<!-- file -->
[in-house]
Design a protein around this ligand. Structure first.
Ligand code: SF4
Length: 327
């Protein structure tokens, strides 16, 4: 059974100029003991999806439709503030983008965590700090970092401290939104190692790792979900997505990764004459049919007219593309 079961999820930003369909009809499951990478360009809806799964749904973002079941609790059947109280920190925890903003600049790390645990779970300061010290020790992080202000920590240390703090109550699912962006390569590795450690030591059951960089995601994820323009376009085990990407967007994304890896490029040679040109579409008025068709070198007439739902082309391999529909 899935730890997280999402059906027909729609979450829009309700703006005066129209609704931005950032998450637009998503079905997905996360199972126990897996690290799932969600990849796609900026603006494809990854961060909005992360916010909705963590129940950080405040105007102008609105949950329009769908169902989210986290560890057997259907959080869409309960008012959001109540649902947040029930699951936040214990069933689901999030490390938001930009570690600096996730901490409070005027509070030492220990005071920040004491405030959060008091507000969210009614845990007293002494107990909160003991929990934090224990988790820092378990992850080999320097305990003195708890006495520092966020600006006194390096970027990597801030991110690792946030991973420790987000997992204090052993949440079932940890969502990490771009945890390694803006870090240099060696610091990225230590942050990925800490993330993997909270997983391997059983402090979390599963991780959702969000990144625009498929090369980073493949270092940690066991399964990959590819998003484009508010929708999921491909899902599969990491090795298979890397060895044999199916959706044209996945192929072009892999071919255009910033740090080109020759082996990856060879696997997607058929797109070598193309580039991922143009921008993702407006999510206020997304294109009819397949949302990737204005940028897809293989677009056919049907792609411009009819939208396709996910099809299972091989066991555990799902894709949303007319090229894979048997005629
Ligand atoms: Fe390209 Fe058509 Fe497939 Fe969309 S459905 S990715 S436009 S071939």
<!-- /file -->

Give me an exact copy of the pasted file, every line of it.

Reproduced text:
[in-house]
Design a protein around this ligand. Structure first.
Ligand code: SF4
Length: 327
């Protein structure tokens, strides 16, 4: 059974100029003991999806439709503030983008965590700090970092401290939104190692790792979900997505990764004459049919007219593309 079961999820930003369909009809499951990478360009809806799964749904973002079941609790059947109280920190925890903003600049790390645990779970300061010290020790992080202000920590240390703090109550699912962006390569590795450690030591059951960089995601994820323009376009085990990407967007994304890896490029040679040109579409008025068709070198007439739902082309391999529909 899935730890997280999402059906027909729609979450829009309700703006005066129209609704931005950032998450637009998503079905997905996360199972126990897996690290799932969600990849796609900026603006494809990854961060909005992360916010909705963590129940950080405040105007102008609105949950329009769908169902989210986290560890057997259907959080869409309960008012959001109540649902947040029930699951936040214990069933689901999030490390938001930009570690600096996730901490409070005027509070030492220990005071920040004491405030959060008091507000969210009614845990007293002494107990909160003991929990934090224990988790820092378990992850080999320097305990003195708890006495520092966020600006006194390096970027990597801030991110690792946030991973420790987000997992204090052993949440079932940890969502990490771009945890390694803006870090240099060696610091990225230590942050990925800490993330993997909270997983391997059983402090979390599963991780959702969000990144625009498929090369980073493949270092940690066991399964990959590819998003484009508010929708999921491909899902599969990491090795298979890397060895044999199916959706044209996945192929072009892999071919255009910033740090080109020759082996990856060879696997997607058929797109070598193309580039991922143009921008993702407006999510206020997304294109009819397949949302990737204005940028897809293989677009056919049907792609411009009819939208396709996910099809299972091989066991555990799902894709949303007319090229894979048997005629
Ligand atoms: Fe390209 Fe058509 Fe497939 Fe969309 S459905 S990715 S436009 S071939």